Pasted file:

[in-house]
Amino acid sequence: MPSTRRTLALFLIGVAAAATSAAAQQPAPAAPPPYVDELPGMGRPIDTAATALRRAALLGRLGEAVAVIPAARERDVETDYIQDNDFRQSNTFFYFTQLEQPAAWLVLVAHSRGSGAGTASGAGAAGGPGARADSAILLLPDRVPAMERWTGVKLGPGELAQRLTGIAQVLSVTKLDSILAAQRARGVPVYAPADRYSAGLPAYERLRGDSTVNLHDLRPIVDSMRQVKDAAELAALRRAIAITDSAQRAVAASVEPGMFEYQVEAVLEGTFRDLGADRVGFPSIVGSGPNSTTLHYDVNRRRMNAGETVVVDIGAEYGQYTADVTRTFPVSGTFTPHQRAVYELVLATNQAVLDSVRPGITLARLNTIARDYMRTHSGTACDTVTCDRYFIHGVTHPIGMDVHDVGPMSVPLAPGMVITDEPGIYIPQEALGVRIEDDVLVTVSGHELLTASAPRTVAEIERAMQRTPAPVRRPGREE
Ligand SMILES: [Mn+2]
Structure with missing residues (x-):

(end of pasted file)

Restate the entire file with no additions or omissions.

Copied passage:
[in-house]
Amino acid sequence: MPSTRRTLALFLIGVAAAATSAAAQQPAPAAPPPYVDELPGMGRPIDTAATALRRAALLGRLGEAVAVIPAARERDVETDYIQDNDFRQSNTFFYFTQLEQPAAWLVLVAHSRGSGAGTASGAGAAGGPGARADSAILLLPDRVPAMERWTGVKLGPGELAQRLTGIAQVLSVTKLDSILAAQRARGVPVYAPADRYSAGLPAYERLRGDSTVNLHDLRPIVDSMRQVKDAAELAALRRAIAITDSAQRAVAASVEPGMFEYQVEAVLEGTFRDLGADRVGFPSIVGSGPNSTTLHYDVNRRRMNAGETVVVDIGAEYGQYTADVTRTFPVSGTFTPHQRAVYELVLATNQAVLDSVRPGITLARLNTIARDYMRTHSGTACDTVTCDRYFIHGVTHPIGMDVHDVGPMSVPLAPGMVITDEPGIYIPQEALGVRIEDDVLVTVSGHELLTASAPRTVAEIERAMQRTPAPVRRPGREE
Ligand SMILES: [Mn+2]
Structure with missing residues (x-):